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Emergency giving birth alone

(11 Posts)
Strawclutching Sat 12-Sep-15 07:10:28

I'm pregnant (14 weeks) with my second baby. The first was a quick 4 hour labour (2hours pushing) with the midwife arriving as I began to push. I live in a very remote area difficult to get to and from hospital.

I've been told this labour is expected to be 1-2 hours. I'm hoping to book a holiday cottage near the hospital for a couple of weeks before I'm due. But what if it comes early? It's unlikely the midwife would get to me in time.

Has this happened to anyone and have you got any practical advice for delivering your own baby in an emergency?

Chasingsquirrels Sat 12-Sep-15 07:39:24

My first labour was 2 hrs, no complications.
I went for a planned home birth for no 2.
Both were 37 week arrivals.
With no 2 I was contracting regularly from 20 weeks, getting more frequent as the pg progressed. At 31 weeks I was admitted overnight and had steroids to strengthen the baby's lungs in case it was born early.

In the event i went in to labour at 37 weeks - waters broke, contractions started 10 mins later, Ds2 born less than 15 mins after that.
I called the hospital as soon as my waters went, the midwife returned the call during my 1st contraction and arrived at the house about an hour after he was born. H called 999 immediately after the birth (I couldn't understand why, we were both fine) and paramedics turned up within about 20 mins, briefly looked at us and then hung around until the midwife turned up and then my placenta was delivered.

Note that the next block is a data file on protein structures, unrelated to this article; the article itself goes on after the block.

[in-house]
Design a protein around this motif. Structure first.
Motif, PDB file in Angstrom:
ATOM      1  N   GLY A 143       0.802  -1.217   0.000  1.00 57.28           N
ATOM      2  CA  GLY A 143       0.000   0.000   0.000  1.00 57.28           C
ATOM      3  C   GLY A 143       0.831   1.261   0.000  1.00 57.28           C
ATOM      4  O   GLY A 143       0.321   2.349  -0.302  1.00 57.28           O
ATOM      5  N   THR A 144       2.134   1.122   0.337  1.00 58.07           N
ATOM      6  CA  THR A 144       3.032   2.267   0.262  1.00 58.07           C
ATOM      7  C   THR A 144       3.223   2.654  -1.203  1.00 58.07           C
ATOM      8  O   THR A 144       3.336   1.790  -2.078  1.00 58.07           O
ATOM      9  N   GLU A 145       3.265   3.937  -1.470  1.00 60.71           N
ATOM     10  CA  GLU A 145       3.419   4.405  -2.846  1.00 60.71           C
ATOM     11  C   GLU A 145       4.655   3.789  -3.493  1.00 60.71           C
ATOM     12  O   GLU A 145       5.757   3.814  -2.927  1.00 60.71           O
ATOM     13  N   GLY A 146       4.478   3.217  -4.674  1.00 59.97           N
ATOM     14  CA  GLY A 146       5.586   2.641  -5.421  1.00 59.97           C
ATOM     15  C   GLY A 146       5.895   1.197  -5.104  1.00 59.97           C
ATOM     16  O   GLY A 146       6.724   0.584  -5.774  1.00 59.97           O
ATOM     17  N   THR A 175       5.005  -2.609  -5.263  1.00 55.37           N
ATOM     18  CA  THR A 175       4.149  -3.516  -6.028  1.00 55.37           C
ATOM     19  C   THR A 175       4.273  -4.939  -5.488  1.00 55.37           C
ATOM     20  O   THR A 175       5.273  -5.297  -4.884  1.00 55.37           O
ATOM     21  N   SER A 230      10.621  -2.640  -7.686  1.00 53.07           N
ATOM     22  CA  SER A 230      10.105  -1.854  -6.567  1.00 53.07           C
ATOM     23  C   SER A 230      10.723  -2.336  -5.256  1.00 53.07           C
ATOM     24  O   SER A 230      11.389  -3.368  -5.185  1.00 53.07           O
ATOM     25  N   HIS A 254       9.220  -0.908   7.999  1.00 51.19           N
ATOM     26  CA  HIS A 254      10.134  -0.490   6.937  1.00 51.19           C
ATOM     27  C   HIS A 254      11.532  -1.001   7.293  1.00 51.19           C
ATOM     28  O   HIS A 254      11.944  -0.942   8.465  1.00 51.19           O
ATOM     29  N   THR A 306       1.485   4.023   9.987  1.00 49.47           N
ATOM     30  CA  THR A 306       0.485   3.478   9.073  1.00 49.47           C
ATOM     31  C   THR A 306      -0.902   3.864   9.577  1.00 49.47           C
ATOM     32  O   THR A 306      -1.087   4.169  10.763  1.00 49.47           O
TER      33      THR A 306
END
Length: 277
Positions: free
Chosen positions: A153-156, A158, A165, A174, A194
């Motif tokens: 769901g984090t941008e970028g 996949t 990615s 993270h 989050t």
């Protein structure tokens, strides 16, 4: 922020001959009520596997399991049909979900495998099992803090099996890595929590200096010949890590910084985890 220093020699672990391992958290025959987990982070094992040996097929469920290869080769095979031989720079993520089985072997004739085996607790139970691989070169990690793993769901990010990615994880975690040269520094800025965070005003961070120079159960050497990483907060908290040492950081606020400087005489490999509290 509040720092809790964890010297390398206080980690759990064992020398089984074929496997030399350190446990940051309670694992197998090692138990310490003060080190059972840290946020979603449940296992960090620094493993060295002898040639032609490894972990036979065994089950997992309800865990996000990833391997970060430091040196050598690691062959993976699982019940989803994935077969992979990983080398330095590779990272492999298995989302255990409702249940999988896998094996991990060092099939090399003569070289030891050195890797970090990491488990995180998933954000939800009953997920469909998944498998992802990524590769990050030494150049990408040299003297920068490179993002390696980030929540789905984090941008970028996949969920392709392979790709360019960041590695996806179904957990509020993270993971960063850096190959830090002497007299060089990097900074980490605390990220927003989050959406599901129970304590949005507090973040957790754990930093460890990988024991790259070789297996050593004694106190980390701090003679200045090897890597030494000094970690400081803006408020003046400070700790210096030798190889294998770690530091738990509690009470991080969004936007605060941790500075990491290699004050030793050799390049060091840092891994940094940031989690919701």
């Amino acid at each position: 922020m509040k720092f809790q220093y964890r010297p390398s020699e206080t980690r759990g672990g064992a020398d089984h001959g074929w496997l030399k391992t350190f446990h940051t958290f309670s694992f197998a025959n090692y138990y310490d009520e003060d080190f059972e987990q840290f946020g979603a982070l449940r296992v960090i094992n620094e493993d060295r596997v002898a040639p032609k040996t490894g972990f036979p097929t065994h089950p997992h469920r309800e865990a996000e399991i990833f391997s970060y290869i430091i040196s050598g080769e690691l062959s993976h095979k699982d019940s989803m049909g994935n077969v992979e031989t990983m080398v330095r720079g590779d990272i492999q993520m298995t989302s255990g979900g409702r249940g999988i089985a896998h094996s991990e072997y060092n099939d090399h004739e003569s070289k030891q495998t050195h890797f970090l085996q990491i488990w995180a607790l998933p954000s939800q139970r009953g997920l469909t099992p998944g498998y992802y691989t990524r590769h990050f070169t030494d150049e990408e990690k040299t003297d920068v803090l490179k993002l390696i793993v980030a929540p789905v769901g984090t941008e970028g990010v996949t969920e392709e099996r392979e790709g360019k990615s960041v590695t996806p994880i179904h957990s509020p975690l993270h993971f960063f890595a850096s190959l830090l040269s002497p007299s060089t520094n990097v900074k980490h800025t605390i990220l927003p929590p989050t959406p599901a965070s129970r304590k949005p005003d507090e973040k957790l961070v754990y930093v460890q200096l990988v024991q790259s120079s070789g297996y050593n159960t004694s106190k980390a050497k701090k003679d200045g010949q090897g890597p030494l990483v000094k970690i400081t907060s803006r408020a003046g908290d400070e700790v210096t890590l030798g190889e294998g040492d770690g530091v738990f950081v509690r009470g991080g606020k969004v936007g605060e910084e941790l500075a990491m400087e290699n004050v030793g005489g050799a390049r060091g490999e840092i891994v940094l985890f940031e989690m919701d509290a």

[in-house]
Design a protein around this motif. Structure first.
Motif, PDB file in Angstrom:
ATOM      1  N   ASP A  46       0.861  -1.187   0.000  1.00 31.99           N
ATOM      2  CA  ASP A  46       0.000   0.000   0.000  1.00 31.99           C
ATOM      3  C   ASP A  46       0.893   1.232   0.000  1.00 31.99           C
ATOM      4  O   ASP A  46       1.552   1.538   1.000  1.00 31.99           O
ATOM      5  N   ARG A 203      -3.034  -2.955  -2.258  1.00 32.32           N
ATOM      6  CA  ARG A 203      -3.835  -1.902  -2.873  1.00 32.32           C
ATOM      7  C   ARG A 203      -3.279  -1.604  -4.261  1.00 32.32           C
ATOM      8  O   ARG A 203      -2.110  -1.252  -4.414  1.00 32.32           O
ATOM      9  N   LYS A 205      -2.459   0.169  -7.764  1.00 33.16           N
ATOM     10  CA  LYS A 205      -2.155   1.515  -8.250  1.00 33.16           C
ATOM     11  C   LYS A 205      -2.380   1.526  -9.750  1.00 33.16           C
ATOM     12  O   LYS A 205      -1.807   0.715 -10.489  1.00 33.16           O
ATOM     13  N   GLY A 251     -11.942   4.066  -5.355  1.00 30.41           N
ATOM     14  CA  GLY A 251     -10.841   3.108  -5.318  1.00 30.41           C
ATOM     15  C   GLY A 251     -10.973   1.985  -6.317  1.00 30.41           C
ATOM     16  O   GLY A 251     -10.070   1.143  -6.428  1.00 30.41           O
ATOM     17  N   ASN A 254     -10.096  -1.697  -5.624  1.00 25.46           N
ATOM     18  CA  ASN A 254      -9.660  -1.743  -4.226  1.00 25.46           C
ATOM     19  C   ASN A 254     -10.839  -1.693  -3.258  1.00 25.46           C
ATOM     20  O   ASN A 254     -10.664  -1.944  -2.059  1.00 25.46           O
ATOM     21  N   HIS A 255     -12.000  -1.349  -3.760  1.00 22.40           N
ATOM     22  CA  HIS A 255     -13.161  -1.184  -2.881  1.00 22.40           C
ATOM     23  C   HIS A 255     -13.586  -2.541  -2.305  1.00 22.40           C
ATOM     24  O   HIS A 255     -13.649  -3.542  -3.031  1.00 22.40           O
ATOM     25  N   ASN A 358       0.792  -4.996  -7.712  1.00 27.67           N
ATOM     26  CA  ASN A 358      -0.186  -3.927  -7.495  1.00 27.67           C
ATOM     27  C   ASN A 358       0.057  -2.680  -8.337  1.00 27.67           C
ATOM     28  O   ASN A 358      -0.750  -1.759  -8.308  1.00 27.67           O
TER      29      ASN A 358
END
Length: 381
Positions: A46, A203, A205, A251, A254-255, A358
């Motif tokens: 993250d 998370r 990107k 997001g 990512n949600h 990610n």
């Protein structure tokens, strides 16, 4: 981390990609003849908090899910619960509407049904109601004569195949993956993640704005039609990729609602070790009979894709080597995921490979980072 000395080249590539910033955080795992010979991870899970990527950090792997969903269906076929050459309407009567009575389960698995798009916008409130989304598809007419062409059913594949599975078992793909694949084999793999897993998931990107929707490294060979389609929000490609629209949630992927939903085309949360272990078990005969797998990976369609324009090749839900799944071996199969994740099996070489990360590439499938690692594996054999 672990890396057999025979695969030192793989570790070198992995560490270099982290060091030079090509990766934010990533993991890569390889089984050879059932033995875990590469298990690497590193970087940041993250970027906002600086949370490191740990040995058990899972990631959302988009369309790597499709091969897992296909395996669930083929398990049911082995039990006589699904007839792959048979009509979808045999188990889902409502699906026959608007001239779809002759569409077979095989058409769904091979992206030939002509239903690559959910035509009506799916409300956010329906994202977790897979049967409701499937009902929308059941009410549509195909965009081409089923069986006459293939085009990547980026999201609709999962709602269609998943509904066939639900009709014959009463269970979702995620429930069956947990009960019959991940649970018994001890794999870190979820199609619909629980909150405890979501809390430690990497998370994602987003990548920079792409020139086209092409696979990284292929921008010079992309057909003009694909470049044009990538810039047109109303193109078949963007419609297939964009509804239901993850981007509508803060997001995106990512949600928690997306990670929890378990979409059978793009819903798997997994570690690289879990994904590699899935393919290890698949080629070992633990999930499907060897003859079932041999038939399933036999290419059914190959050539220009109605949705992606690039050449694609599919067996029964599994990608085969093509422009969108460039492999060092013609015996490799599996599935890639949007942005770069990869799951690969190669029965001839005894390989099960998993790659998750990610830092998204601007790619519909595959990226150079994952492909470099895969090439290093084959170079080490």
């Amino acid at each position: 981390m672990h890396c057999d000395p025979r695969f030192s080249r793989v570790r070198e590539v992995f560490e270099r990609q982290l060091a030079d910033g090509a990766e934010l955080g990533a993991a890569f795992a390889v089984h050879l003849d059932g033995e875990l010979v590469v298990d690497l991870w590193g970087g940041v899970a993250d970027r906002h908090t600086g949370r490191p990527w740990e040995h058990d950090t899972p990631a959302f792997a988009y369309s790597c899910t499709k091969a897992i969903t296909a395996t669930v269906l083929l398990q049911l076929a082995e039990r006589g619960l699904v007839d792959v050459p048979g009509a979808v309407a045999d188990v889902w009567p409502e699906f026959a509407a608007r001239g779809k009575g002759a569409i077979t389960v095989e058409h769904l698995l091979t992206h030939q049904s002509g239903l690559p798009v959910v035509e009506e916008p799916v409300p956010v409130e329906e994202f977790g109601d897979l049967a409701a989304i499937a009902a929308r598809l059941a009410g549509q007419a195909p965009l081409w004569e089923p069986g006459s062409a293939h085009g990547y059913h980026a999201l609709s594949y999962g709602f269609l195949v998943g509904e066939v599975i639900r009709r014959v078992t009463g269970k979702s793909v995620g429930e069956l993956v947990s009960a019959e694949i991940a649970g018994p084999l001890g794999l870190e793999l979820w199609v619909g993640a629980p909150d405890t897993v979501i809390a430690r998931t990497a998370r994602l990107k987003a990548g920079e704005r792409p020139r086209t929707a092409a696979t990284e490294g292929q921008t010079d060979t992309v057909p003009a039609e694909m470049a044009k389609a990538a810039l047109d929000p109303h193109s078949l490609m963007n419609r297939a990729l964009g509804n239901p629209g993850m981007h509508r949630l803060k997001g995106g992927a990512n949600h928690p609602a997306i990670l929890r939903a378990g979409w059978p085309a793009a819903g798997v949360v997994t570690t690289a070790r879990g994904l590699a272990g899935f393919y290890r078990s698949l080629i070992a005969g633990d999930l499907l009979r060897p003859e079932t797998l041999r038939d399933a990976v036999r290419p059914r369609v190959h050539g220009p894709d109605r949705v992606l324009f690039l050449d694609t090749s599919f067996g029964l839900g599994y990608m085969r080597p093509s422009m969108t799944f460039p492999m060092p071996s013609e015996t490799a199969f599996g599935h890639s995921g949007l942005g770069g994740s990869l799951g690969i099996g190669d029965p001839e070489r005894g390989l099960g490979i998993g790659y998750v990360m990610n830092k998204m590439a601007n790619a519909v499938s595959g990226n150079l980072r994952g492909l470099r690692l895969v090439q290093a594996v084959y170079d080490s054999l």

I'd read up on what to do in the event of going into labour when no one was about (in the event it was v late Fri evening and H was there) and quick births but it was so straight forward and quick that my body just got on with it - I'd been sitting on the bed, got off so H could put plastic lining on, thought "I'd better just check nothing is happening", reached down to feel and delivered his head into my hand (quickly 2 hands!). The rest of him slid out and we wrapped us both up warm and just sat there and waited for the midwife to come to sort everything out.

If it is so quick that there is no time for anyone to get there to assist, the likelihood is that it will be so straightforward that no assistance is needed.

Just read up a bit, prepare yourself for the possibility, maybe get a home birth kit (I have no idea what this actually consists of as MW was mentioned to deliver mine the next week).

And all the best!

PeppasNanna Sat 12-Sep-15 08:17:34

With my 5th dc the midwife was convinced he was going yo arrive very quickly. So slthough I was planning on giving birth in a birth centre she gave me a home birth kit & basic pointers.

Good luck.

Ahhhcantthinkofagoodname Sat 12-Sep-15 20:32:05

Hi OP I had a v similar first labour to you, husband delivered baby in bathroom 3 hours after hosp sent us home. Was v worried 2nd time round but actually for that birth I had a pre labour with contractions stopping and starting, so plenty of time for midwife to get round for planned home birth. Once things got going properly it was only around 2 hours but I had plenty of time to get things in place before I got to that stage. Good practical advice above! Good luck